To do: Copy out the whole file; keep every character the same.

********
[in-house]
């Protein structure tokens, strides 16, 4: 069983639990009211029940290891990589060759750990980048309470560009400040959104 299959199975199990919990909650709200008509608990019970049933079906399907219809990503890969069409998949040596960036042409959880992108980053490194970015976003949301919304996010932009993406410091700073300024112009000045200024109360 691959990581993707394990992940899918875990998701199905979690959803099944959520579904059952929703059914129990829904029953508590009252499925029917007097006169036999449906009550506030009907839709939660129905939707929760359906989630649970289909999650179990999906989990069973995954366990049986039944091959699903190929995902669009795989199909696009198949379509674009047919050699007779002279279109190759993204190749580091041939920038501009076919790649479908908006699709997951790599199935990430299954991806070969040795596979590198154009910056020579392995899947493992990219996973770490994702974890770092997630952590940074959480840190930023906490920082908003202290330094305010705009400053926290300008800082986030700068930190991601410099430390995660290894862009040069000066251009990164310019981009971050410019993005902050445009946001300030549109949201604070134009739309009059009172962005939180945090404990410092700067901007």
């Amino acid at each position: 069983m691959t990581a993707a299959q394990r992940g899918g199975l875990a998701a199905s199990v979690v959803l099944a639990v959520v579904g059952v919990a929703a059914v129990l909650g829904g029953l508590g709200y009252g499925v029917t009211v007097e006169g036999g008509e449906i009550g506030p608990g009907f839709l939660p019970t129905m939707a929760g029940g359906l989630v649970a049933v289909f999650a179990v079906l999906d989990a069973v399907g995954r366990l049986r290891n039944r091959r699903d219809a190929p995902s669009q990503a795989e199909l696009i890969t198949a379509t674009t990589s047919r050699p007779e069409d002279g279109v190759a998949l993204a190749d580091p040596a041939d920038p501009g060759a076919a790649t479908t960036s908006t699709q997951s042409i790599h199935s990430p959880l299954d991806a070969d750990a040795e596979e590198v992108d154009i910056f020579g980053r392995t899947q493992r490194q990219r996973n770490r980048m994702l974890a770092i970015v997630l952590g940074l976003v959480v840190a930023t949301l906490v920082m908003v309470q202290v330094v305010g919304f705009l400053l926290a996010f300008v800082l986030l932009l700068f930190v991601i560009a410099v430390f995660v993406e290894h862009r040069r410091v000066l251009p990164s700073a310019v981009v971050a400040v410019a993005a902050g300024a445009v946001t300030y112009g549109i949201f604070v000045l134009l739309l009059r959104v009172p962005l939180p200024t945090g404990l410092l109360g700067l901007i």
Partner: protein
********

[in-house]
């Protein structure tokens, strides 16, 4: 069983639990009211029940290891990589060759750990980048309470560009400040959104 299959199975199990919990909650709200008509608990019970049933079906399907219809990503890969069409998949040596960036042409959880992108980053490194970015976003949301919304996010932009993406410091700073300024112009000045200024109360 691959990581993707394990992940899918875990998701199905979690959803099944959520579904059952929703059914129990829904029953508590009252499925029917007097006169036999449906009550506030009907839709939660129905939707929760359906989630649970289909999650179990999906989990069973995954366990049986039944091959699903190929995902669009795989199909696009198949379509674009047919050699007779002279279109190759993204190749580091041939920038501009076919790649479908908006699709997951790599199935990430299954991806070969040795596979590198154009910056020579392995899947493992990219996973770490994702974890770092997630952590940074959480840190930023906490920082908003202290330094305010705009400053926290300008800082986030700068930190991601410099430390995660290894862009040069000066251009990164310019981009971050410019993005902050445009946001300030549109949201604070134009739309009059009172962005939180945090404990410092700067901007």
């Amino acid at each position: 069983m691959t990581a993707a299959q394990r992940g899918g199975l875990a998701a199905s199990v979690v959803l099944a639990v959520v579904g059952v919990a929703a059914v129990l909650g829904g029953l508590g709200y009252g499925v029917t009211v007097e006169g036999g008509e449906i009550g506030p608990g009907f839709l939660p019970t129905m939707a929760g029940g359906l989630v649970a049933v289909f999650a179990v079906l999906d989990a069973v399907g995954r366990l049986r290891n039944r091959r699903d219809a190929p995902s669009q990503a795989e199909l696009i890969t198949a379509t674009t990589s047919r050699p007779e069409d002279g279109v190759a998949l993204a190749d580091p040596a041939d920038p501009g060759a076919a790649t479908t960036s908006t699709q997951s042409i790599h199935s990430p959880l299954d991806a070969d750990a040795e596979e590198v992108d154009i910056f020579g980053r392995t899947q493992r490194q990219r996973n770490r980048m994702l974890a770092i970015v997630l952590g940074l976003v959480v840190a930023t949301l906490v920082m908003v309470q202290v330094v305010g919304f705009l400053l926290a996010f300008v800082l986030l932009l700068f930190v991601i560009a410099v430390f995660v993406e290894h862009r040069r410091v000066l251009p990164s700073a310019v981009v971050a400040v410019a993005a902050g300024a445009v946001t300030y112009g549109i949201f604070v000045l134009l739309l009059r959104v009172p962005l939180p200024t945090g404990l410092l109360g700067l901007i």
Partner: protein